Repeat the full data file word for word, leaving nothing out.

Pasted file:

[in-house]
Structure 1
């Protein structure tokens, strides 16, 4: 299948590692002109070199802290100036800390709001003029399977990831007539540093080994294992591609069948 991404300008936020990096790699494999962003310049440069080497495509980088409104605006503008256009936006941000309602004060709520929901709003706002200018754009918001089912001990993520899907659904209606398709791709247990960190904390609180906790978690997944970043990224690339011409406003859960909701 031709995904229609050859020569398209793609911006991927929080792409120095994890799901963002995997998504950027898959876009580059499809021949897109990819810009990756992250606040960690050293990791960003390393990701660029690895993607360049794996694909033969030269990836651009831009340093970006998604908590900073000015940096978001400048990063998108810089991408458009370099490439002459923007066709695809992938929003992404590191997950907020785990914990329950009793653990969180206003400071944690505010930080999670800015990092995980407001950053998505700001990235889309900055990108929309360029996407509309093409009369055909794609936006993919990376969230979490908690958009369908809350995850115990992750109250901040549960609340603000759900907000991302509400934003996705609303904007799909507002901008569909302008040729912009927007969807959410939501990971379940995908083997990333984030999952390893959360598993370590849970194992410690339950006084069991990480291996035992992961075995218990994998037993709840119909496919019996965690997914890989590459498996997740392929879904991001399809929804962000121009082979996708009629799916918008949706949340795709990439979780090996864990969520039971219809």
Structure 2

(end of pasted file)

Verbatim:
[in-house]
Structure 1
């Protein structure tokens, strides 16, 4: 299948590692002109070199802290100036800390709001003029399977990831007539540093080994294992591609069948 991404300008936020990096790699494999962003310049440069080497495509980088409104605006503008256009936006941000309602004060709520929901709003706002200018754009918001089912001990993520899907659904209606398709791709247990960190904390609180906790978690997944970043990224690339011409406003859960909701 031709995904229609050859020569398209793609911006991927929080792409120095994890799901963002995997998504950027898959876009580059499809021949897109990819810009990756992250606040960690050293990791960003390393990701660029690895993607360049794996694909033969030269990836651009831009340093970006998604908590900073000015940096978001400048990063998108810089991408458009370099490439002459923007066709695809992938929003992404590191997950907020785990914990329950009793653990969180206003400071944690505010930080999670800015990092995980407001950053998505700001990235889309900055990108929309360029996407509309093409009369055909794609936006993919990376969230979490908690958009369908809350995850115990992750109250901040549960609340603000759900907000991302509400934003996705609303904007799909507002901008569909302008040729912009927007969807959410939501990971379940995908083997990333984030999952390893959360598993370590849970194992410690339950006084069991990480291996035992992961075995218990994998037993709840119909496919019996965690997914890989590459498996997740392929879904991001399809929804962000121009082979996708009629799916918008949706949340795709990439979780090996864990969520039971219809």
Structure 2